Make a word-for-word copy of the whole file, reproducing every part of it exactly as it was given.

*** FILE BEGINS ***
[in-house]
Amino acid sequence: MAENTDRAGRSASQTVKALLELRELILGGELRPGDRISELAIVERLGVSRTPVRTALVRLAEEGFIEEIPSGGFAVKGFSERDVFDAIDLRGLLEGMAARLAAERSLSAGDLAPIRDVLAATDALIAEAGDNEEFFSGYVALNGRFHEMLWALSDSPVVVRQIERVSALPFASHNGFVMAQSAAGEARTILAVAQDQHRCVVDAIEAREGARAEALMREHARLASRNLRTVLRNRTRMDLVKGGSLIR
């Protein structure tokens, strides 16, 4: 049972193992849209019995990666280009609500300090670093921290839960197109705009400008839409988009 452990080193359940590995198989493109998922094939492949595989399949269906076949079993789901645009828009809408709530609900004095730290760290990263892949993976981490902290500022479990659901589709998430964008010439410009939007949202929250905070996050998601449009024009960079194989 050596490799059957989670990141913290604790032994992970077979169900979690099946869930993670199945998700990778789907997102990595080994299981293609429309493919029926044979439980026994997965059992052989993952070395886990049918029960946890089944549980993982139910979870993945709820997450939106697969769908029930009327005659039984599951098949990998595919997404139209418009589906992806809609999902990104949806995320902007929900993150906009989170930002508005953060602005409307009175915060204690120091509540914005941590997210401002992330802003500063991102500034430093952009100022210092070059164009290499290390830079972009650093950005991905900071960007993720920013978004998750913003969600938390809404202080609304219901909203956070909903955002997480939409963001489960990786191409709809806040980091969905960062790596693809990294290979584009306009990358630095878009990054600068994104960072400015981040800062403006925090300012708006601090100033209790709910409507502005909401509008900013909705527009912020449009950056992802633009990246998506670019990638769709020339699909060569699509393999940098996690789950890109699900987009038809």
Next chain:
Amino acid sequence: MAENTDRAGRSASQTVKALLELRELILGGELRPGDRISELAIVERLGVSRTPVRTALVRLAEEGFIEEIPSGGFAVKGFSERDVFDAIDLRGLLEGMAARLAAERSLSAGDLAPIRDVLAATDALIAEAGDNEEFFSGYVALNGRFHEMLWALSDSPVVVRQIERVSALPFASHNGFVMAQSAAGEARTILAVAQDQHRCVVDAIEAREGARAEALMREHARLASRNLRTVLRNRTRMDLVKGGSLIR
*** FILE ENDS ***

[in-house]
Amino acid sequence: MAENTDRAGRSASQTVKALLELRELILGGELRPGDRISELAIVERLGVSRTPVRTALVRLAEEGFIEEIPSGGFAVKGFSERDVFDAIDLRGLLEGMAARLAAERSLSAGDLAPIRDVLAATDALIAEAGDNEEFFSGYVALNGRFHEMLWALSDSPVVVRQIERVSALPFASHNGFVMAQSAAGEARTILAVAQDQHRCVVDAIEAREGARAEALMREHARLASRNLRTVLRNRTRMDLVKGGSLIR
């Protein structure tokens, strides 16, 4: 049972193992849209019995990666280009609500300090670093921290839960197109705009400008839409988009 452990080193359940590995198989493109998922094939492949595989399949269906076949079993789901645009828009809408709530609900004095730290760290990263892949993976981490902290500022479990659901589709998430964008010439410009939007949202929250905070996050998601449009024009960079194989 050596490799059957989670990141913290604790032994992970077979169900979690099946869930993670199945998700990778789907997102990595080994299981293609429309493919029926044979439980026994997965059992052989993952070395886990049918029960946890089944549980993982139910979870993945709820997450939106697969769908029930009327005659039984599951098949990998595919997404139209418009589906992806809609999902990104949806995320902007929900993150906009989170930002508005953060602005409307009175915060204690120091509540914005941590997210401002992330802003500063991102500034430093952009100022210092070059164009290499290390830079972009650093950005991905900071960007993720920013978004998750913003969600938390809404202080609304219901909203956070909903955002997480939409963001489960990786191409709809806040980091969905960062790596693809990294290979584009306009990358630095878009990054600068994104960072400015981040800062403006925090300012708006601090100033209790709910409507502005909401509008900013909705527009912020449009950056992802633009990246998506670019990638769709020339699909060569699509393999940098996690789950890109699900987009038809």
Next chain:
Amino acid sequence: MAENTDRAGRSASQTVKALLELRELILGGELRPGDRISELAIVERLGVSRTPVRTALVRLAEEGFIEEIPSGGFAVKGFSERDVFDAIDLRGLLEGMAARLAAERSLSAGDLAPIRDVLAATDALIAEAGDNEEFFSGYVALNGRFHEMLWALSDSPVVVRQIERVSALPFASHNGFVMAQSAAGEARTILAVAQDQHRCVVDAIEAREGARAEALMREHARLASRNLRTVLRNRTRMDLVKGGSLIR